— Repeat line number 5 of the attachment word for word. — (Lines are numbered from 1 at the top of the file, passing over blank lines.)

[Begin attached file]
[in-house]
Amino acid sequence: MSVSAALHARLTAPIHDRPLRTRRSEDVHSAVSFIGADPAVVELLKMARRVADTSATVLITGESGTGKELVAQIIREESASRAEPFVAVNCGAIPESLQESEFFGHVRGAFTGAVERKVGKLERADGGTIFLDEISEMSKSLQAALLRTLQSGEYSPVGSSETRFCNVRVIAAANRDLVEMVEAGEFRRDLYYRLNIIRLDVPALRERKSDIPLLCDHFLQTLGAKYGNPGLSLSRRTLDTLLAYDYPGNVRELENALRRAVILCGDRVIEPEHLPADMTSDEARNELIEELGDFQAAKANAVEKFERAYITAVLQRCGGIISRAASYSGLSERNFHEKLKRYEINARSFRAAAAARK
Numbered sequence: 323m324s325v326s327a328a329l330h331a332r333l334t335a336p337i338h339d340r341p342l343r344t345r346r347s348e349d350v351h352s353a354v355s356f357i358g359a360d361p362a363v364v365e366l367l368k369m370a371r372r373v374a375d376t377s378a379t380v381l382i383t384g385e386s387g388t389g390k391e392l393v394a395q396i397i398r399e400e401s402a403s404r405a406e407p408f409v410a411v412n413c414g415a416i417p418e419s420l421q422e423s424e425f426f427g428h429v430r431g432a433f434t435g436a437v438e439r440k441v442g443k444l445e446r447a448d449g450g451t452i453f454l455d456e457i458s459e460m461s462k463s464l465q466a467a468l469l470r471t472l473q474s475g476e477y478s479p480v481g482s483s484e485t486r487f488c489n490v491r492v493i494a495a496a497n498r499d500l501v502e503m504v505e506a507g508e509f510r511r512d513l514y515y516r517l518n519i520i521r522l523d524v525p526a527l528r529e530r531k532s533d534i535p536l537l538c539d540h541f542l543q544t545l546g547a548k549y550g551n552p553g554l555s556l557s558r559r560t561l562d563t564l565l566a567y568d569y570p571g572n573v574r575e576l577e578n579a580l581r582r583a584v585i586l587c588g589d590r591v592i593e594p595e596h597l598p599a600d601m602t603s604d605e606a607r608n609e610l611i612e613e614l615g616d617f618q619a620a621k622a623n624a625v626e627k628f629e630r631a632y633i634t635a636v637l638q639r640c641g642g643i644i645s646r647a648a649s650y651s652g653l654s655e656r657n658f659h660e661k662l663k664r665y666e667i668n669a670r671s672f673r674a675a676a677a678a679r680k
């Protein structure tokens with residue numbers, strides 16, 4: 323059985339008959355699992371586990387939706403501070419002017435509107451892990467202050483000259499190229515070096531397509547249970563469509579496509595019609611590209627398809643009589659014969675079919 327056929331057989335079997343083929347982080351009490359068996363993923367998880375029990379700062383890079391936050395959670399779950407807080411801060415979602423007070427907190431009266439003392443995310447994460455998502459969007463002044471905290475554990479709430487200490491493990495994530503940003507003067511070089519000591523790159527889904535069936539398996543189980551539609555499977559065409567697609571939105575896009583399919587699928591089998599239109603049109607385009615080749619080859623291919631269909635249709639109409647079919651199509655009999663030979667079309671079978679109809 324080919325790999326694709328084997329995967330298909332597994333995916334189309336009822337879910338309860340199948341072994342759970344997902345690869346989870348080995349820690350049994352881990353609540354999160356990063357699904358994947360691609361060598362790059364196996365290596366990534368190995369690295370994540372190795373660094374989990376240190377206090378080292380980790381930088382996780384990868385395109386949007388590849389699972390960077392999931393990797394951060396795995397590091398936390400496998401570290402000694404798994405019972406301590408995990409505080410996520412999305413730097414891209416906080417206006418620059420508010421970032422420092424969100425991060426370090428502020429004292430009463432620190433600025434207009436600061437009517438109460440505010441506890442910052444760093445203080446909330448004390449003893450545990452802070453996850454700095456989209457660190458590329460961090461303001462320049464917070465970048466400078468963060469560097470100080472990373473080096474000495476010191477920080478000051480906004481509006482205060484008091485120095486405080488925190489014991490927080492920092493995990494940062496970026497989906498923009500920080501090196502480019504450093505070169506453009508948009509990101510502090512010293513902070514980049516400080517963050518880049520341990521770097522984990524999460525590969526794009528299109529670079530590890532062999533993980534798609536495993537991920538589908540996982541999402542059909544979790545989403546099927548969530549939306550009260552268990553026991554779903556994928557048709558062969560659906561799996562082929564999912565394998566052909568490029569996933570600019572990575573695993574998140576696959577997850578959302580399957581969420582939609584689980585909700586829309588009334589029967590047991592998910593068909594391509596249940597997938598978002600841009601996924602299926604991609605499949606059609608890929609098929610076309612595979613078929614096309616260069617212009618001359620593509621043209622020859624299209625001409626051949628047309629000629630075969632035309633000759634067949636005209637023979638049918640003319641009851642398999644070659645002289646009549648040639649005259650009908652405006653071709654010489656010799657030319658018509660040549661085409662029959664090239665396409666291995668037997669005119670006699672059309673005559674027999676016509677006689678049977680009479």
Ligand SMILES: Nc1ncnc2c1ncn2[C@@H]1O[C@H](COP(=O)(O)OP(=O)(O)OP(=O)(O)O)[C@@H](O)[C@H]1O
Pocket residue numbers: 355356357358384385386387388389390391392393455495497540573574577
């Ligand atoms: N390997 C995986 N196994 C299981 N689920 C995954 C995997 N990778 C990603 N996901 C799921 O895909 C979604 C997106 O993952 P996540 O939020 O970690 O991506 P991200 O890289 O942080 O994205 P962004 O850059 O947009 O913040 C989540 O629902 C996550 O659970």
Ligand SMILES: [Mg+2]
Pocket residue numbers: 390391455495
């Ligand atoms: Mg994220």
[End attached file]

Ligand SMILES: Nc1ncnc2c1ncn2[C@@H]1O[C@H](COP(=O)(O)OP(=O)(O)OP(=O)(O)O)[C@@H](O)[C@H]1O